In one Japanese study, for five months, 700 middle- and older-aged adults engaged in walking intervals (shorter bursts of speed interspersed with periods of rest). At the conclusion of the study, the individuals had noticeably improved endurance and strength.
4. HIIT gives you a mental boost.
Studies have shown that regular HIIT exercise can boost your memory and make you sharper in everyday decision-making. One (potential) reason why, according to Mulgrew: “During a HIIT workout, you have to stay focused,” she explains.
5. It’s an efficient and fast workout.
You don’t have to sweat for very long in order to see results. In fact, it's just as effective to do a shorter interval session than a long moderate workout. A 2006 study compared two groups of college men for two weeks: those who did stationary bicycling at a moderate pace for roughly an hour-and-a-half to two hours for three times a week, and those who did six 30-second all-out sprints with four minutes of recovery.
Surprise, surprise: The HIIT-ers were just as fit (in terms of exercise performance and muscle growth) as those moderate-intensity exercisers by the end of the trial—with far less time invested.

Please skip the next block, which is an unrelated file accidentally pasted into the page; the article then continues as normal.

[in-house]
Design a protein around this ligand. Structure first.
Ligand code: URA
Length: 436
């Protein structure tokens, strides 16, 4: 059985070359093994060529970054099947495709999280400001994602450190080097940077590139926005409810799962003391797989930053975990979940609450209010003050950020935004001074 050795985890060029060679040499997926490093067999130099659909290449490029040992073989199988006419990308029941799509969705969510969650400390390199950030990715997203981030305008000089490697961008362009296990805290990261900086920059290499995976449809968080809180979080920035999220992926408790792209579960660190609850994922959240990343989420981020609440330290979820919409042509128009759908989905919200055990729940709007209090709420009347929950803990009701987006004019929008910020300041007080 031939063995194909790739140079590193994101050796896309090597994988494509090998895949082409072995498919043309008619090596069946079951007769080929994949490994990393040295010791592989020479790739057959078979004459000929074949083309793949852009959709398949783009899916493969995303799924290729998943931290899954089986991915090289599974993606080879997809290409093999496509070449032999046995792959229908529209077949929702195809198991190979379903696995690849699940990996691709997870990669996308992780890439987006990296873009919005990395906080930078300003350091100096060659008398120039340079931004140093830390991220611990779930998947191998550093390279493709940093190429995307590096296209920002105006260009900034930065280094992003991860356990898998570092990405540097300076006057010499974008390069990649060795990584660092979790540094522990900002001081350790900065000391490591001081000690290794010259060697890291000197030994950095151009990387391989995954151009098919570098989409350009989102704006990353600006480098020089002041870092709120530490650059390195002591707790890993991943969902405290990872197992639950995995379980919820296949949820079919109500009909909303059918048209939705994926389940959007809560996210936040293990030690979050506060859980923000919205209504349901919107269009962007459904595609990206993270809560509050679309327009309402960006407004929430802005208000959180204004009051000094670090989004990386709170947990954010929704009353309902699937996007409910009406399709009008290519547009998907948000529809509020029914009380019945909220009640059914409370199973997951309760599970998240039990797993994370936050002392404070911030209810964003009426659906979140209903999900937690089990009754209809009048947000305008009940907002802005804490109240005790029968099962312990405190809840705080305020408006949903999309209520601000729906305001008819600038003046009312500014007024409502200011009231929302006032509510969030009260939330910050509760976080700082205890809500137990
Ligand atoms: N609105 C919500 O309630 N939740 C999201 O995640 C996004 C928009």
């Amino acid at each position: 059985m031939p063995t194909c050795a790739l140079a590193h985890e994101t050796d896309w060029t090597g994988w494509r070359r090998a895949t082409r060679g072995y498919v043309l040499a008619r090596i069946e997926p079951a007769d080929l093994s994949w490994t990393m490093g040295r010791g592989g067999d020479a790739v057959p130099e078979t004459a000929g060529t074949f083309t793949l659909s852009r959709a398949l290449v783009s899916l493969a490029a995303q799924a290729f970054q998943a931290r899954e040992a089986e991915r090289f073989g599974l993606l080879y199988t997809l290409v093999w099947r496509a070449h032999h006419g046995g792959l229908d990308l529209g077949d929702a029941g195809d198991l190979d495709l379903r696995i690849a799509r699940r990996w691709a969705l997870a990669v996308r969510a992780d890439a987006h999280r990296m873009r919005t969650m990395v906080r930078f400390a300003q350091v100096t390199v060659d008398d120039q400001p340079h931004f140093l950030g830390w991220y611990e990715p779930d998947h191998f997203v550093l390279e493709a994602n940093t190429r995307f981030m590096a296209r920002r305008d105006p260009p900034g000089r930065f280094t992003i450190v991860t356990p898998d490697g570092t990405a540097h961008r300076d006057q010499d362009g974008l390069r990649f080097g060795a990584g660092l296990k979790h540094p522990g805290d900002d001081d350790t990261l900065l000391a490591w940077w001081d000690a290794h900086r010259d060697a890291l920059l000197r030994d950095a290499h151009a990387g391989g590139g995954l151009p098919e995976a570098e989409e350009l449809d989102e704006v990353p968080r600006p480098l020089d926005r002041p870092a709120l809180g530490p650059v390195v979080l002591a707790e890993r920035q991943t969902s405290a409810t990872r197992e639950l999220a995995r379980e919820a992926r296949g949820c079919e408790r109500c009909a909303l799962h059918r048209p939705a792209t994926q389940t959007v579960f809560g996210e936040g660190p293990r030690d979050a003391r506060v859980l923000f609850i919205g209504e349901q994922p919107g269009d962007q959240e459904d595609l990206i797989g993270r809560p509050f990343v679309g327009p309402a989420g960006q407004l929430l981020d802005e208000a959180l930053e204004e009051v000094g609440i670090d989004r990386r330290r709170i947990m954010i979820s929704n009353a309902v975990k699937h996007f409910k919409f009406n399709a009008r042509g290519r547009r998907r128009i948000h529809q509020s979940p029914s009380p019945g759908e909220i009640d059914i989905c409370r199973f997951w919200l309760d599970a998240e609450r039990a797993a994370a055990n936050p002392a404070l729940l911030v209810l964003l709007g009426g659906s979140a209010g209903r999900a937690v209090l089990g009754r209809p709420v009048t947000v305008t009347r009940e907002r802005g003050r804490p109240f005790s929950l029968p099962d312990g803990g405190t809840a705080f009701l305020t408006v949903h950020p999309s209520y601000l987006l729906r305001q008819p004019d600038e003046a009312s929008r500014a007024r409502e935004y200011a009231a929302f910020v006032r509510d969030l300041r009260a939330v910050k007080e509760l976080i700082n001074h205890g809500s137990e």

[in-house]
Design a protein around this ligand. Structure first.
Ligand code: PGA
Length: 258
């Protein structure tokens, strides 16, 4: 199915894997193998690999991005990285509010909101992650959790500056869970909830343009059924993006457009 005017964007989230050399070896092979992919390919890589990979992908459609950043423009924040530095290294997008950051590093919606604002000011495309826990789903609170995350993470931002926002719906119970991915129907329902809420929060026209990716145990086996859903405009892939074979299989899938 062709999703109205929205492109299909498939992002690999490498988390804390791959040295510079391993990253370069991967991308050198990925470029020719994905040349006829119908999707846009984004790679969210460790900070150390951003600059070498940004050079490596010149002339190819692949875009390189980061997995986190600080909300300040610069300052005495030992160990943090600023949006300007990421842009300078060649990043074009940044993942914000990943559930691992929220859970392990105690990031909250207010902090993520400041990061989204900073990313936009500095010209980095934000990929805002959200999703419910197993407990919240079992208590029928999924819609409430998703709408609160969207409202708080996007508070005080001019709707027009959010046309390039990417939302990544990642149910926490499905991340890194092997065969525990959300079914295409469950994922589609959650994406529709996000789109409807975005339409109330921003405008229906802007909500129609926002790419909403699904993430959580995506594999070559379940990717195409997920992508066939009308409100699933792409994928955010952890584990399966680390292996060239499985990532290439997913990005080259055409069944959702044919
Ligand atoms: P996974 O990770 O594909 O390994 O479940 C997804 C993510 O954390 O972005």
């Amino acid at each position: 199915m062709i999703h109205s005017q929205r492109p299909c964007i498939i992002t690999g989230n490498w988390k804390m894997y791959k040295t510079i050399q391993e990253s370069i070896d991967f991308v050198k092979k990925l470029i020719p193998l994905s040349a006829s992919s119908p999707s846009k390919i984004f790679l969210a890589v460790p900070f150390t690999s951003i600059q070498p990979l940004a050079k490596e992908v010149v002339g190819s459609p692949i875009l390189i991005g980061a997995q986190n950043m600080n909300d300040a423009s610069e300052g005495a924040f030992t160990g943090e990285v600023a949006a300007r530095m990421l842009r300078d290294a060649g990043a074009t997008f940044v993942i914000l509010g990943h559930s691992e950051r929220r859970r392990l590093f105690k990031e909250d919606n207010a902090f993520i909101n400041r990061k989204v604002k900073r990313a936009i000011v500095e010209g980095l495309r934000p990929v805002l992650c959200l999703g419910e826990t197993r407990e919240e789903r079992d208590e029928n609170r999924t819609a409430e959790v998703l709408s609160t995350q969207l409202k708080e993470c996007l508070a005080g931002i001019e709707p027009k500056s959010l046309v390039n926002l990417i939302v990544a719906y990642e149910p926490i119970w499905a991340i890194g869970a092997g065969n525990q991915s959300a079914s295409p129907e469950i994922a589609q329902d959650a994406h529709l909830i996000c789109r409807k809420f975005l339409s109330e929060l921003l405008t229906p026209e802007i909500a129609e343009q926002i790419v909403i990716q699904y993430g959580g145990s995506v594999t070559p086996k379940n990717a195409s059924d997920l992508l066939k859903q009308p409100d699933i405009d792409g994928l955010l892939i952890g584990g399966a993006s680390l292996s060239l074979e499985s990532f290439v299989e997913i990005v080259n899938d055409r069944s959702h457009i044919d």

6. HIIT helps build muscle.
While resistance training is the gold standard for building muscle, HIIT workouts can spur muscle growth as well. Whatever areas of the body your HIIT exercises focus on is where you're likely to see the muscle definition (most often the core and legs).
7. HIIT can lower blood pressure and blood sugar levels.
There are multiple studies to support this boost in overall health. One caveat: The benefit is limited to those above the "normal" BMI range.
What is high-intensity interval training (HIIT) exactly ?
You can actually tap into those HIIT benefits with a wide range of workouts. HIIT can be just about anything—from swimming to running to mountain climbers in your apartment to even weight training. The key, Mulgrew says, is ensuring that the “short burst of energy” is at least 80 percent of your maximum effort (so, 8+ on a scale of 10 for your RPE). You get the benefits of regular aerobic exercise (a boost in heart health, blood sugar levels in check, and healthy minds) and then some.
“For HIIT to be effective, your ‘on’ intervals need to be all-out,” she says. Mulgrew also notes that your rest period shouldn’t exceed your active period (try, 20 seconds on and 10 seconds off). That rest period can contain no movement or moderate-effort movement—that part really isn’t important, she says. Those maximum-effort bursts are where the gains are made, Mulgrew reiterates.